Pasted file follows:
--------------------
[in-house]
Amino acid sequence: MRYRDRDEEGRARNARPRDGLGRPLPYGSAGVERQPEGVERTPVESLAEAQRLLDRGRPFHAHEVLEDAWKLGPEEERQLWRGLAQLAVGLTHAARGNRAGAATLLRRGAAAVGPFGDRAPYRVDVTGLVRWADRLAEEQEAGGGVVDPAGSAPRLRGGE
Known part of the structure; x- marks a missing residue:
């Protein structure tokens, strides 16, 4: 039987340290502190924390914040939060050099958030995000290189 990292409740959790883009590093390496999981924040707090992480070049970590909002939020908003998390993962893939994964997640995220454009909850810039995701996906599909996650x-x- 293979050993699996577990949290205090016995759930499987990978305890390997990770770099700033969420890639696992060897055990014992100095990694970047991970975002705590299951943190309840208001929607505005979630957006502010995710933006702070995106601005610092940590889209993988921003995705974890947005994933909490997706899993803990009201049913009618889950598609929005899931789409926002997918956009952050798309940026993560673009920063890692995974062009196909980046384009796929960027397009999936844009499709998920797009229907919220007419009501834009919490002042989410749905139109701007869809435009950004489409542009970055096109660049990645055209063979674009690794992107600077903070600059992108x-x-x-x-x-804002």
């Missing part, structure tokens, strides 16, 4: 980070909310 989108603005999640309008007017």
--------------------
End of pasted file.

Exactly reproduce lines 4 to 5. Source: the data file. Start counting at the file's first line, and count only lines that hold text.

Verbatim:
């Protein structure tokens, strides 16, 4: 039987340290502190924390914040939060050099958030995000290189 990292409740959790883009590093390496999981924040707090992480070049970590909002939020908003998390993962893939994964997640995220454009909850810039995701996906599909996650x-x- 293979050993699996577990949290205090016995759930499987990978305890390997990770770099700033969420890639696992060897055990014992100095990694970047991970975002705590299951943190309840208001929607505005979630957006502010995710933006702070995106601005610092940590889209993988921003995705974890947005994933909490997706899993803990009201049913009618889950598609929005899931789409926002997918956009952050798309940026993560673009920063890692995974062009196909980046384009796929960027397009999936844009499709998920797009229907919220007419009501834009919490002042989410749905139109701007869809435009950004489409542009970055096109660049990645055209063979674009690794992107600077903070600059992108x-x-x-x-x-804002």
């Missing part, structure tokens, strides 16, 4: 980070909310 989108603005999640309008007017």